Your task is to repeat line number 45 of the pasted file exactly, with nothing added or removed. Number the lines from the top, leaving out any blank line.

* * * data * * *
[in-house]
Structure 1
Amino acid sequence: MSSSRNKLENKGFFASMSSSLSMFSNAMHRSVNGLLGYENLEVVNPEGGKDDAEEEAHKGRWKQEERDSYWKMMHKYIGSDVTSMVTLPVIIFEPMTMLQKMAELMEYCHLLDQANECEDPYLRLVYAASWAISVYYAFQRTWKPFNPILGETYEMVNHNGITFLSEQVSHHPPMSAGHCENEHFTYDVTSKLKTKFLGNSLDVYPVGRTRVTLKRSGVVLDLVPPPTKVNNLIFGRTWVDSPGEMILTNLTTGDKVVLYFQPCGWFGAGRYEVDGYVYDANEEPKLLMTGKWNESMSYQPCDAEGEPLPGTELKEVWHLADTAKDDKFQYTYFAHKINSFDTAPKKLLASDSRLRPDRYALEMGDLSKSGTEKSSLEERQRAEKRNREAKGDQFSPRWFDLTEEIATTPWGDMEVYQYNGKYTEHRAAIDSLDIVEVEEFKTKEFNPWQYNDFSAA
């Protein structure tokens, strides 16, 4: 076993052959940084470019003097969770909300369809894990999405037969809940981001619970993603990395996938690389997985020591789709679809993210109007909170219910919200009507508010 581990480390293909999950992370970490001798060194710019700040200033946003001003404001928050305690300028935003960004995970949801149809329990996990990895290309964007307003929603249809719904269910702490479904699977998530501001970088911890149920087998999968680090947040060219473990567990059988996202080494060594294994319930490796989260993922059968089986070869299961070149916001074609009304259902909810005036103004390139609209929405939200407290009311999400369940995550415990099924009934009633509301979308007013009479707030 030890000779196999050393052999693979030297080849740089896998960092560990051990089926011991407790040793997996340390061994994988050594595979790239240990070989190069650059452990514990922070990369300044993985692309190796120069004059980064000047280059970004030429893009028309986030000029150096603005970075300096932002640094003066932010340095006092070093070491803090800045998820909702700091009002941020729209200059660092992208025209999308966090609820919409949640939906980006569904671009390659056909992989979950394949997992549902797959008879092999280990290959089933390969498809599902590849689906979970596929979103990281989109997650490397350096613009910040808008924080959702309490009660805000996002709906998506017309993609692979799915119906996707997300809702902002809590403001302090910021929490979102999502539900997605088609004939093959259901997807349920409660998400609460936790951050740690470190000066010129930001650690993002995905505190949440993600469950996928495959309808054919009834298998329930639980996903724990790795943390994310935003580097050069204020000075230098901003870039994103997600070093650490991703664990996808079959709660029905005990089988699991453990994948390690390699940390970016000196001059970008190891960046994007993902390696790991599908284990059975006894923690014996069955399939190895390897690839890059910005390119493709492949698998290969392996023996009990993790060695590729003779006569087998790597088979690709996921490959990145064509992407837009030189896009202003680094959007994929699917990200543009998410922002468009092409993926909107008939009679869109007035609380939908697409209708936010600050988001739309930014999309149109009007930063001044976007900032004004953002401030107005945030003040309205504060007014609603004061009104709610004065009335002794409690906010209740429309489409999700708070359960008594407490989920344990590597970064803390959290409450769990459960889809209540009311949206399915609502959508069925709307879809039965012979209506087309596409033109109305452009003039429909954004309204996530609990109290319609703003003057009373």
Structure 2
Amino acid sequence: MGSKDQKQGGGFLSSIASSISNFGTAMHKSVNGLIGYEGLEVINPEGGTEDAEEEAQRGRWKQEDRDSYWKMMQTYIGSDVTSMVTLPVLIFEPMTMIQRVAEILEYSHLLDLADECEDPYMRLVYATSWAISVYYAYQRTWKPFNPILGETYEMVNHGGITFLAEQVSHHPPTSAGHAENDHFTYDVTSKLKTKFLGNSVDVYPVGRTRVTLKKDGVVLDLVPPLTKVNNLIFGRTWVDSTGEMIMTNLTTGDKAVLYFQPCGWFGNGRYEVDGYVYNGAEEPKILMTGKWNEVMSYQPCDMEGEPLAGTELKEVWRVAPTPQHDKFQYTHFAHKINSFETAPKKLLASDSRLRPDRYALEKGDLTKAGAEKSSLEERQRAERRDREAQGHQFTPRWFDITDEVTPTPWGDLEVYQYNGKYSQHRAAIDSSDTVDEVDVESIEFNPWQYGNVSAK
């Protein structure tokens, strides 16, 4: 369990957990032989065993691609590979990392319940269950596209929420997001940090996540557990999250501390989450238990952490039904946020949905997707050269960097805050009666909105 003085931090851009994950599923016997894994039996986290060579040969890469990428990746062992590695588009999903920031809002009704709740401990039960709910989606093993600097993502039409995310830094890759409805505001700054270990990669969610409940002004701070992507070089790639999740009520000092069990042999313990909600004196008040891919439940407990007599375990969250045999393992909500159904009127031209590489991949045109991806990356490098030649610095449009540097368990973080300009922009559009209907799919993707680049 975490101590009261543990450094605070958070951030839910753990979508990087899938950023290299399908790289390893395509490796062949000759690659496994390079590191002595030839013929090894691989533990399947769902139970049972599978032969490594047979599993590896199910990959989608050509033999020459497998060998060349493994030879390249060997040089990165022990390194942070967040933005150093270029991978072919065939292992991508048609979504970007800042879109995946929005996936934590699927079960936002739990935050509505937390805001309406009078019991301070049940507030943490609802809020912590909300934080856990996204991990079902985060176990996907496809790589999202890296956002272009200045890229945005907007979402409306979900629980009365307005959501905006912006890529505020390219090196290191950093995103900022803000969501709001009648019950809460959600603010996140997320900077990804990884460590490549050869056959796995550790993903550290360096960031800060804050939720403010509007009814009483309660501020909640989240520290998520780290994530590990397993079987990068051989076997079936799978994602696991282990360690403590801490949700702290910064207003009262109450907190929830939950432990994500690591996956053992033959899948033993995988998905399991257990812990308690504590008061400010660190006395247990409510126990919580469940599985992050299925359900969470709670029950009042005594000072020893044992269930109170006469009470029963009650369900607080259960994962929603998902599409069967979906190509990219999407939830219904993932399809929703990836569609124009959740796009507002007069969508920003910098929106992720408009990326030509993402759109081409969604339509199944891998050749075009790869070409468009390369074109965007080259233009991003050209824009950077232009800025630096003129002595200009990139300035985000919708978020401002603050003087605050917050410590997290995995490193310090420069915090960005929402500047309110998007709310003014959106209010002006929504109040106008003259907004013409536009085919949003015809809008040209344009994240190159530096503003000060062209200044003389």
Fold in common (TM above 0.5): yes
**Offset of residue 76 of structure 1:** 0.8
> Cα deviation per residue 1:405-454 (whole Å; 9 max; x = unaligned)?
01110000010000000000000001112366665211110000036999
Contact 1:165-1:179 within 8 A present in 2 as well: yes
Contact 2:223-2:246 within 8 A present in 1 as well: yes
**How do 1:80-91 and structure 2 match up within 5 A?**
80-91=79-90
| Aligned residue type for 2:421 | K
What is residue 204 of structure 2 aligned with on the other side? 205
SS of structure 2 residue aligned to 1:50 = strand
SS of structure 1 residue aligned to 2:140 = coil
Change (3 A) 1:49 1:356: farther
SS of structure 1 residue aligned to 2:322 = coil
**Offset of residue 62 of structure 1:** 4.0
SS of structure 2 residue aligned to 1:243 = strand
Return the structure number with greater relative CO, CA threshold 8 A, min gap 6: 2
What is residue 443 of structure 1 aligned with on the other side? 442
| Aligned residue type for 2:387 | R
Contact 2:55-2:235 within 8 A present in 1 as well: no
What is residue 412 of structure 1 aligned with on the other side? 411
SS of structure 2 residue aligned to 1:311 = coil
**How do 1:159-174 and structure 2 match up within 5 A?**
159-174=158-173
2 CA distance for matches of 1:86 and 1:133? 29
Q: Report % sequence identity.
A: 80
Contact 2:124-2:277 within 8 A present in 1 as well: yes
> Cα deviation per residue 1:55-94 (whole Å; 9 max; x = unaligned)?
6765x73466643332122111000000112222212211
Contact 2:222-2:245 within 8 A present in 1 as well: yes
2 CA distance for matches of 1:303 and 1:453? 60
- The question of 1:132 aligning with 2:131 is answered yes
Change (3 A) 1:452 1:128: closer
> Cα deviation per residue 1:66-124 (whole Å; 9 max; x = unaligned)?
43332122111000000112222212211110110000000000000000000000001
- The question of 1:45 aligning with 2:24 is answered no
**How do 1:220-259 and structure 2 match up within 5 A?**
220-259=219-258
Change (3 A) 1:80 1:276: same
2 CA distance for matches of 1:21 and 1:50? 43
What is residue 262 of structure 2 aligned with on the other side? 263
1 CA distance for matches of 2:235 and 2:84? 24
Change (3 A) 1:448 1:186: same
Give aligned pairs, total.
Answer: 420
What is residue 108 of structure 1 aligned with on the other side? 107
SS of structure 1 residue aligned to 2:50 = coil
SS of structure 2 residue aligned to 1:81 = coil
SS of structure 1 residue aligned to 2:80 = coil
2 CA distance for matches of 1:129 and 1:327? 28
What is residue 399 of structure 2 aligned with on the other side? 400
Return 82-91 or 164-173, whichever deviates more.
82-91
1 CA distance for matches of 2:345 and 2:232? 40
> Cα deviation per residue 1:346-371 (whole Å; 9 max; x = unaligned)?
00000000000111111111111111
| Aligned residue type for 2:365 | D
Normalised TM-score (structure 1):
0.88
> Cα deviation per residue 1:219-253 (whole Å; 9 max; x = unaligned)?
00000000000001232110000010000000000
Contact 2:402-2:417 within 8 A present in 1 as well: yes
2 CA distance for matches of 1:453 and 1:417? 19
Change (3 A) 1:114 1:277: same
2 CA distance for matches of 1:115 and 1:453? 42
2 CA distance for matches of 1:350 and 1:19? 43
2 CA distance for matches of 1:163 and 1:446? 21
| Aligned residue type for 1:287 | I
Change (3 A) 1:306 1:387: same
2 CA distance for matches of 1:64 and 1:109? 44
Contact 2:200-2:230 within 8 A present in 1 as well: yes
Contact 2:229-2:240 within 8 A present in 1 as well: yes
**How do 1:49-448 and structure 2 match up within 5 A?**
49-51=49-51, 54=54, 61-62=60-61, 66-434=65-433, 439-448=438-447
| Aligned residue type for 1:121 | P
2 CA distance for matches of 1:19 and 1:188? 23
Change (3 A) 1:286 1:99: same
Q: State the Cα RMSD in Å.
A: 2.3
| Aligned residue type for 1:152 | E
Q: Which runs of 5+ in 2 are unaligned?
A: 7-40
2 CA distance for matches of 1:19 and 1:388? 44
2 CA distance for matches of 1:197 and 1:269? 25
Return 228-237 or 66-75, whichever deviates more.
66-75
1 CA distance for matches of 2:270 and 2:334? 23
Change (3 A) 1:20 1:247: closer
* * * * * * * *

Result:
**How do 1:220-259 and structure 2 match up within 5 A?**